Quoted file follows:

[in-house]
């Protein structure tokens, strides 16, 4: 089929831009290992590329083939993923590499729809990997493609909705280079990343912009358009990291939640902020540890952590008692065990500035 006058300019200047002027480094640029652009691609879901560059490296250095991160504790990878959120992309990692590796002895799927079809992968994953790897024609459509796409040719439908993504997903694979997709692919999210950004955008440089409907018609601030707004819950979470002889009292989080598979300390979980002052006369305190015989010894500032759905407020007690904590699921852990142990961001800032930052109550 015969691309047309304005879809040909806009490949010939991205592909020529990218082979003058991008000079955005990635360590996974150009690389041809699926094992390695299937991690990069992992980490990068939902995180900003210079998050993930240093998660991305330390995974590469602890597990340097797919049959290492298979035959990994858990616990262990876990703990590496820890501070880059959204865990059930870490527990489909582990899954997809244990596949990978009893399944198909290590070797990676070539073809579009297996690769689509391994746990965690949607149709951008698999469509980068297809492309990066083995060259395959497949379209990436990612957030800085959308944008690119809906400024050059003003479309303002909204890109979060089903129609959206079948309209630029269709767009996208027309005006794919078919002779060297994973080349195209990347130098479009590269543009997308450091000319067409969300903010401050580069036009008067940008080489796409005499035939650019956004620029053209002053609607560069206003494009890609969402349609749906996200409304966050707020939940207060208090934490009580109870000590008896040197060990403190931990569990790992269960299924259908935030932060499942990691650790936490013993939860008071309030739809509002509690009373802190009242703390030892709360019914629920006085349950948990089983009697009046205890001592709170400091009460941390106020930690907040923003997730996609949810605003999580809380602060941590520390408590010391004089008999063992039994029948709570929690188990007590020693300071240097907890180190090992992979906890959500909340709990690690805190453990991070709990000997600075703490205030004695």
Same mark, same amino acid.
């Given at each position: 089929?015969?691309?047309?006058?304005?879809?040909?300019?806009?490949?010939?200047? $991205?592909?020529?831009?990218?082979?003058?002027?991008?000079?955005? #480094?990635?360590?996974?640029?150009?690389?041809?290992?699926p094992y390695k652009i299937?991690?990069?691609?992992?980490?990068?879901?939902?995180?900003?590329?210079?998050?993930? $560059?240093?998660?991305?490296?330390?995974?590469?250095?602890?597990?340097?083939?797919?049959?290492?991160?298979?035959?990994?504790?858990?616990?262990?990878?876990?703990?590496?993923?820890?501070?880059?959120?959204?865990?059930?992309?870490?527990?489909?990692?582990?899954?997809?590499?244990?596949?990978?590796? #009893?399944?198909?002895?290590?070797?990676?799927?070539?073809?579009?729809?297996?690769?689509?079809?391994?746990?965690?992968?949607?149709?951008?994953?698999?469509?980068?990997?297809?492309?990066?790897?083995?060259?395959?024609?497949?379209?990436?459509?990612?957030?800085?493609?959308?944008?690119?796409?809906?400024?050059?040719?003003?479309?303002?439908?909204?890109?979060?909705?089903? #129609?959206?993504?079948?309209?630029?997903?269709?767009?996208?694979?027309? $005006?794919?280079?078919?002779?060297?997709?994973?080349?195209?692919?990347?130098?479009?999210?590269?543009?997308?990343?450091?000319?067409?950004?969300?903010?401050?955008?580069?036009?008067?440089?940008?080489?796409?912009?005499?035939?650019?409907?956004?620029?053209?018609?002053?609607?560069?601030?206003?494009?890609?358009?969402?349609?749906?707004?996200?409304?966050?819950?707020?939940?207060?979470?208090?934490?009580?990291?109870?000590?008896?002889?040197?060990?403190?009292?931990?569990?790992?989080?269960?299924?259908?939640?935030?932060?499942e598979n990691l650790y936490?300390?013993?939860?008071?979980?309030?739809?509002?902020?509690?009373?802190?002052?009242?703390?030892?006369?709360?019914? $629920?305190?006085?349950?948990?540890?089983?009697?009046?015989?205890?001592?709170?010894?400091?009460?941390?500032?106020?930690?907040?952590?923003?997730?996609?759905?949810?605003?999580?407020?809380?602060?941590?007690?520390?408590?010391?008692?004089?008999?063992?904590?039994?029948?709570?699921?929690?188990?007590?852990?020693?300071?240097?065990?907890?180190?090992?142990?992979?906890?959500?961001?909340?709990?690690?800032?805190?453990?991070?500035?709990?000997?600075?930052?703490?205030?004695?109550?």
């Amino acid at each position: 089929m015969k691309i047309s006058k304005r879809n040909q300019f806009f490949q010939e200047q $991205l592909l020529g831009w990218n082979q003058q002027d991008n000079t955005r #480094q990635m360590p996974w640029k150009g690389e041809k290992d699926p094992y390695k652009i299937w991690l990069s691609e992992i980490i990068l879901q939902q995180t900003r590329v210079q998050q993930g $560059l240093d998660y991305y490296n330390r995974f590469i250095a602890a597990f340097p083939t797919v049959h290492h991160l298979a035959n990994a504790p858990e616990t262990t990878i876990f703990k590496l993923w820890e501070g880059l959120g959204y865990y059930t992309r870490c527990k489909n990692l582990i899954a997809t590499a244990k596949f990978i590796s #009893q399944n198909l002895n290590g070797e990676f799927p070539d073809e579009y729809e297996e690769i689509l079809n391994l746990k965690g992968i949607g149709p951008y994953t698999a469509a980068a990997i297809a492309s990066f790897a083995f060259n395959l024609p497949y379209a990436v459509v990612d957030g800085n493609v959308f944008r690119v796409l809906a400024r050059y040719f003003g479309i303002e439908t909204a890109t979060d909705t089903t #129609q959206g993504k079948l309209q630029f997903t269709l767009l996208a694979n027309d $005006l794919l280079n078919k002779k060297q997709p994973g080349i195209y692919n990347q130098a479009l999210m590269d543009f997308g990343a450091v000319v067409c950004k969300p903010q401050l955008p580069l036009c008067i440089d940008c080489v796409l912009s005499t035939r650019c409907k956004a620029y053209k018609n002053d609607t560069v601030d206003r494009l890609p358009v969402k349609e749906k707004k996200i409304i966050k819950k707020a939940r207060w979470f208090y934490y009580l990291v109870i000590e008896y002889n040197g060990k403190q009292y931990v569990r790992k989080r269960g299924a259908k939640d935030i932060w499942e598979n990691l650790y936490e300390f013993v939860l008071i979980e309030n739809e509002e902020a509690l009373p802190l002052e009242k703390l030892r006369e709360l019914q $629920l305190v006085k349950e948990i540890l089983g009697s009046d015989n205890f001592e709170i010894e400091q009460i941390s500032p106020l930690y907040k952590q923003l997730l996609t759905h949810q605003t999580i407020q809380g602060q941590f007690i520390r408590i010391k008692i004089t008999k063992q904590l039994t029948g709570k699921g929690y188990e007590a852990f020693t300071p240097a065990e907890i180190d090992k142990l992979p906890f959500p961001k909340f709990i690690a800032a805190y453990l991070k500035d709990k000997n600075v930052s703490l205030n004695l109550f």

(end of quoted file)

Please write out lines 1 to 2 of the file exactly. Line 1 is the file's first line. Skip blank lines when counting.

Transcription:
[in-house]
């Protein structure tokens, strides 16, 4: 089929831009290992590329083939993923590499729809990997493609909705280079990343912009358009990291939640902020540890952590008692065990500035 006058300019200047002027480094640029652009691609879901560059490296250095991160504790990878959120992309990692590796002895799927079809992968994953790897024609459509796409040719439908993504997903694979997709692919999210950004955008440089409907018609601030707004819950979470002889009292989080598979300390979980002052006369305190015989010894500032759905407020007690904590699921852990142990961001800032930052109550 015969691309047309304005879809040909806009490949010939991205592909020529990218082979003058991008000079955005990635360590996974150009690389041809699926094992390695299937991690990069992992980490990068939902995180900003210079998050993930240093998660991305330390995974590469602890597990340097797919049959290492298979035959990994858990616990262990876990703990590496820890501070880059959204865990059930870490527990489909582990899954997809244990596949990978009893399944198909290590070797990676070539073809579009297996690769689509391994746990965690949607149709951008698999469509980068297809492309990066083995060259395959497949379209990436990612957030800085959308944008690119809906400024050059003003479309303002909204890109979060089903129609959206079948309209630029269709767009996208027309005006794919078919002779060297994973080349195209990347130098479009590269543009997308450091000319067409969300903010401050580069036009008067940008080489796409005499035939650019956004620029053209002053609607560069206003494009890609969402349609749906996200409304966050707020939940207060208090934490009580109870000590008896040197060990403190931990569990790992269960299924259908935030932060499942990691650790936490013993939860008071309030739809509002509690009373802190009242703390030892709360019914629920006085349950948990089983009697009046205890001592709170400091009460941390106020930690907040923003997730996609949810605003999580809380602060941590520390408590010391004089008999063992039994029948709570929690188990007590020693300071240097907890180190090992992979906890959500909340709990690690805190453990991070709990000997600075703490205030004695």